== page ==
When it comes to choosing a credit card, consumers need to be shrewd. To expand on this idea, I think it’s also important that consumers are aware of the way their payments are allocated when they pay their credit card bill each month. Although the Credit CARD Act addressed many of the sneaky practices of credit card companies, it also created a loophole in the provisions for payment allocation that leaves consumers in the cold. Before the CARD Act, credit card companies almost always applied consumers’ credit card payments to the balance with the lowest APR first. This was advantageous for the credit card companies because it allowed them to assess the highest APR for the longest period of time, thus maximizing their profits from interest charges.
The CARD Act, effective February of this year, changed this practice and created rules around payment allocation that required credit card companies to apply consumers’ payments to the balance with highest APR first. The only problem: the rule only requires payments above the minimum to be applied to your highest APR balance.
According to a FINRA National Survey, 29 percent of consumers have only paid the minimum payment at some point in the last 12 months. With the way the CARD Act is written, this segment of consumers receives absolutely no benefit in terms of the way credit card companies allocate their payments. In addition, the language in the payment allocation provisions ensures that at least some portion of everyone’s payments is applied to their credit card balance in an unfair manner.
The Credit CARD Act in general has done a good job in making it difficult for credit card companies to engage in deceptive practices the way they did in the past. However, in this one instance, it has provided the opportunity for credit card companies to fall into old habits with the backing of the law.
Therefore, until the payment allocation rules get revised by either Congress or the Federal Reserve, it is important that consumers take precautions to protect themselves from the pitfalls of an unfair payment allocation system. In order to truly take advantage of the new rules, you need to pay well above the minimum payment on your credit card bill each month. Otherwise, credit card companies will be able to ‘trap’ your balance with the highest APR and charge you the most interest until you have been able to pay off all of your lower APR balances – just as they did before the CARD Act.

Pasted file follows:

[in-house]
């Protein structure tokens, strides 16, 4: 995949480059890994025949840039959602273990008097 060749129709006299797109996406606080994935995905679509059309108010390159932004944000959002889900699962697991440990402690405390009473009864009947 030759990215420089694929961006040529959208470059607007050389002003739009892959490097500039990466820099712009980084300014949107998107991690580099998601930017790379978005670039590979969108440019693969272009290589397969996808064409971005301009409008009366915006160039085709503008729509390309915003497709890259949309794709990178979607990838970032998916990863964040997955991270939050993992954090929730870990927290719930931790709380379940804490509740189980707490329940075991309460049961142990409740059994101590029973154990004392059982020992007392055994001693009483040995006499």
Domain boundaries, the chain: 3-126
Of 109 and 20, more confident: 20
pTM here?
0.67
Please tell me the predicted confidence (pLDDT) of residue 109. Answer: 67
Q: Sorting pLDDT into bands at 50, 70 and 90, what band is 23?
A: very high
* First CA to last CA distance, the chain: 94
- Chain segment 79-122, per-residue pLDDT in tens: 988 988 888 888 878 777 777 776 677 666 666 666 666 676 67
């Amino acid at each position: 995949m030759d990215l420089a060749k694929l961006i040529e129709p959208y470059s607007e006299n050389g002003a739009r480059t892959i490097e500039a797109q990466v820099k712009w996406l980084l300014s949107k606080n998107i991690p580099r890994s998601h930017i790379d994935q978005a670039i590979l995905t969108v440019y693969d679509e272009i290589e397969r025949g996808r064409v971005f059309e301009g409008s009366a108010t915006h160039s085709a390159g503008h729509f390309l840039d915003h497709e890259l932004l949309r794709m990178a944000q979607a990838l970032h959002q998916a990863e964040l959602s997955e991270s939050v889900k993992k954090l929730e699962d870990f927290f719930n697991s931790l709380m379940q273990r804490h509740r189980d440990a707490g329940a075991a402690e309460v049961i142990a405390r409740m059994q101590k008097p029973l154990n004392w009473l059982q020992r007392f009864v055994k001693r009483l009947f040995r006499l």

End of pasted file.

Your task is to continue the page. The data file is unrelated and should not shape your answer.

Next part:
If you are not able to pay well above the minimum payment each month, it may be wise not to have a credit card at all. If you do, however, one strategy that some people use is to not mix and match transactions on any single credit card – meaning a separate credit card for balance transfers and a separate credit card for new purchases.
Here’s why: Let’s say you transfer a balance of $1,000 onto your credit card at 0 percent APR. Then let’s say you make $500 worth of purchases on the same credit card, but the new purchase APR is 15 percent. If you’re only paying the minimum payment (or close to it) you will not be able to pay off the $500 on which you’re being charged 15 percent interest until you have finished paying off the entire $1,000 in balance transfer debt on which you’re being charged no interest at all.
It is unfortunate, albeit not unusual, that a law meant to protect consumers contains compromises that do the opposite. Hopefully the Federal Reserve will address this problem in the near future, but until then it is important that consumers act as their own financial advocate and take precautions to avoid the adverse effects of these provisions.
This guest post is written by Odysseas Papadimitriou, CEO of CardHub.com, a marketplace for credit card offers.Editorial Note: The editorial content on this page is not provided by any bank, credit card issuer, airline, or hotel chain, and has not been reviewed, approved, or otherwise endorsed by any of these entities. Opinions expressed here are the author's alone, not those of the bank, credit card issuer, airline, or hotel chain, and have not been reviewed, approved, or otherwise endorsed by any of these entities.